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I have Wake-on-lan configured on my Windows XP machine so that the computer will wake up from Standby. Waking the computer from Standby via network traffic seems to work a certain number of times, say 4 or 5, then it stops working. If I restart the computer it seems to reset this behavior so that I can use WOL a few more times before it starts working. I use the command "wol" on my other, Linux machine with the appropriate IP address and MAC address of the card.

I looked at the network card to see if it had different lights when WOL worked and when it didn't. When it has a solid amber light where the ethernet cable connects, WOL seems to work. When it has a flashing amber light, WOL does not. It seems that the system seems to almost "shut off" the card when it falls to sleep, but I don't know if this is a function of time or number of standby/wakeups.

I have a 3Com 3c920 network card. If I look at the properties in Device Manager, I have "Allow this Device to bring the Computer out of Standby" checked. In the Advanced tab I have anything related to RWU (Remote Wake Up) enabled. I also believe I have the appropriate settings in BIOS related to Remote Wake-Up and I have tried both S1 and S3 power configurations in the BIOS. Intuitively, I would think I would uncheck "Allow the Computer to turn off this device to save power", but doing so disables the "Allow this Device to bring the Computer out of Standby" option.

Does anyone know what is happening here or if there is a way to fix it? I have an integrated network card; would getting one that goes into a slot be better?

I am running Windows XP on a Dell Optiplex GX240 with a 3Com 3c920 network card.

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I have this same problem with another machine, a Dell Latitude C810 Laptop. –  Chance Feb 7 '11 at 22:38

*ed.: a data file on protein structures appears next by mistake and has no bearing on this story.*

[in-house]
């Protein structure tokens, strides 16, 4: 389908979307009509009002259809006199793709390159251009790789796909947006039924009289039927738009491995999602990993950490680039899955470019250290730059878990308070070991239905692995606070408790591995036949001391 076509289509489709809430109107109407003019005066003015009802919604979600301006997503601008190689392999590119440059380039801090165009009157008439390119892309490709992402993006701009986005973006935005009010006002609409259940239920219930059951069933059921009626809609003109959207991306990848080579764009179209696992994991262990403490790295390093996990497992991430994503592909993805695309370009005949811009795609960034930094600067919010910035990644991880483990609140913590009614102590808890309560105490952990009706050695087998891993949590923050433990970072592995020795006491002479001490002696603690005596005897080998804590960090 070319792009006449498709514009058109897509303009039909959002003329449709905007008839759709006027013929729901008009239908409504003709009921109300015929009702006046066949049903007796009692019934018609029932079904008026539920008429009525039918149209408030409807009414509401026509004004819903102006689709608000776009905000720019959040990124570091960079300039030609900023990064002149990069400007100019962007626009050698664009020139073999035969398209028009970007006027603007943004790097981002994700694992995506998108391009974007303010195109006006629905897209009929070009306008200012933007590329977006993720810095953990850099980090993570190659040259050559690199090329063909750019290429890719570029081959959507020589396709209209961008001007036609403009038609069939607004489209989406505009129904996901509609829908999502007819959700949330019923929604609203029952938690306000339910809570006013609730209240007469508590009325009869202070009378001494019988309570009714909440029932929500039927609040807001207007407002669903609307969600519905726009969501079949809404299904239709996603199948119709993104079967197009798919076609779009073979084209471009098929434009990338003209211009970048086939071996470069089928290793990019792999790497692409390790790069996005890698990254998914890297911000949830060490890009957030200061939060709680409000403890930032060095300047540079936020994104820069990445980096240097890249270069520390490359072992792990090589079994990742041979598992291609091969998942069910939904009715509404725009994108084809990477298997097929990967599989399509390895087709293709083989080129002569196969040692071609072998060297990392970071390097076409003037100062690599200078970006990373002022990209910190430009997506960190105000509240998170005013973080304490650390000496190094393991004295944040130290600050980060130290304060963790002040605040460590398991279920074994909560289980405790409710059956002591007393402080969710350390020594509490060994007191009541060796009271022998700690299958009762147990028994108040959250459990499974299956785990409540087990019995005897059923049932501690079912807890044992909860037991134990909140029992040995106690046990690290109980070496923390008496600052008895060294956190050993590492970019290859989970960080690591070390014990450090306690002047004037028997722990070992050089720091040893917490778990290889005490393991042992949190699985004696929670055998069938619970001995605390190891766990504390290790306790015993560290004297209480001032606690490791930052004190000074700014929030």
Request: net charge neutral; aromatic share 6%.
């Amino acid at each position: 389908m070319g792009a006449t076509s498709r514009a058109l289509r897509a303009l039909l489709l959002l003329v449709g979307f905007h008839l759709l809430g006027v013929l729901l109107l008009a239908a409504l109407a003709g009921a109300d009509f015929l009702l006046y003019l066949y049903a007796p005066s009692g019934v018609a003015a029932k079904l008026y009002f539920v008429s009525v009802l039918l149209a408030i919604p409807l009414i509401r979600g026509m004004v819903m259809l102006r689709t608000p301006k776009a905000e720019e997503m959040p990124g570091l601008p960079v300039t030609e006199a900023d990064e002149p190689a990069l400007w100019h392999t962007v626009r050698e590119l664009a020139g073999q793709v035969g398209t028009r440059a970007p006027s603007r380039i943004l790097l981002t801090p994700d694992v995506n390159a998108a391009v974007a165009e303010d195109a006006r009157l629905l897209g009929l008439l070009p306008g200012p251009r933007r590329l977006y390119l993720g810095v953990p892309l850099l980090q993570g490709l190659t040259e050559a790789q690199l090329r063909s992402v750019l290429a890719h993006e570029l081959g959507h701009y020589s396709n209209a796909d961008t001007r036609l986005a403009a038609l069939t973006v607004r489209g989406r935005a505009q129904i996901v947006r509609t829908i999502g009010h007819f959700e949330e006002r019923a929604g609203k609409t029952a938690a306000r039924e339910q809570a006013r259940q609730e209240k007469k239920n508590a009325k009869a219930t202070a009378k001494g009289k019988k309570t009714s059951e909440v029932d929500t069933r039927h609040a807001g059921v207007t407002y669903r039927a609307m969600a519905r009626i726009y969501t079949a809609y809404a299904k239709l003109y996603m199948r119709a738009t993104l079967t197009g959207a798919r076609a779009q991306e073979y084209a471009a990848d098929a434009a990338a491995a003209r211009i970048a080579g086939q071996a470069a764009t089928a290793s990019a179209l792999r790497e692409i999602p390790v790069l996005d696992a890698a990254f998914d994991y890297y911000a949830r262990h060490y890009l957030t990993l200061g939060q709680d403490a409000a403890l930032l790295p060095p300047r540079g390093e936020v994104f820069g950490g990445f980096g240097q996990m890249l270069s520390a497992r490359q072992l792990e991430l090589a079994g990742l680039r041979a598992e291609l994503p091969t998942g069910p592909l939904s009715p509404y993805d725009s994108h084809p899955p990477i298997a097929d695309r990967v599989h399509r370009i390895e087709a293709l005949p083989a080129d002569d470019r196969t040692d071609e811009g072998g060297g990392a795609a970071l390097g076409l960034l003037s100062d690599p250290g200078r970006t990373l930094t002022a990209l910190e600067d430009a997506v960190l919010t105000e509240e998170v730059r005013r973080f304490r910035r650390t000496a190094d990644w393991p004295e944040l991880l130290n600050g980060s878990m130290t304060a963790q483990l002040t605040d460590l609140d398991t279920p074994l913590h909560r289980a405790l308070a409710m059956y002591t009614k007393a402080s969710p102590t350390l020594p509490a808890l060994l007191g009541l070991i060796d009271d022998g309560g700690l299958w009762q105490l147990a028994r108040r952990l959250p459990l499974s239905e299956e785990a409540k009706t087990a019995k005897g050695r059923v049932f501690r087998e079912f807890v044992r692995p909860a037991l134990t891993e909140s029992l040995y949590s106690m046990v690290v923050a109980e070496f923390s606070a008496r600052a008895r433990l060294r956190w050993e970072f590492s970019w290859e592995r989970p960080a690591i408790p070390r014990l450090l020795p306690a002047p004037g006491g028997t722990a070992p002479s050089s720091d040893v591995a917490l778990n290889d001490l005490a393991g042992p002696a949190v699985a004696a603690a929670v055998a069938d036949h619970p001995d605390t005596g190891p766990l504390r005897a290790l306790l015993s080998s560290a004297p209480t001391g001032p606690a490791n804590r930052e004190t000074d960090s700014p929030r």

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2 Answers 2

Chances are you are sending to an ip address which is not the broadcast address for the local network. What happens is that when you turn your machine off it loses the ip address but your switch/hub and other machines will keep this information in it's arp cache. When this cache expires you will not be able to WoL unless you use the broadcast address.

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So, if I had a local address of 172.17.0.2 (the machine to wake) I would send out 172.17.0.255? –  Chance Oct 25 '10 at 19:48
    
All depends on the subnet mask but if it was 255.255.255.0 then yes 172.17.0.255 would be the broadcast address. –  depicus Oct 25 '10 at 20:34
    
Man, I was hoping that was it, but it does not seem to be the case. Even with the 172.17.0.255 address it didn't seem to work. I decided to abandon WOL and just schedule a shutdown around midnight and boot back up in the morning to save power. Thanks though. –  Chance Oct 26 '10 at 19:09
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Some things you could try :

  1. Assign the computer a static IP address
  2. Check if a BIOS update is available (take care!)
  3. Update manually router's ARP table if you can telnet to it using arpadd. See :
    SpeedTouch Configuration: Wake up on LAN.
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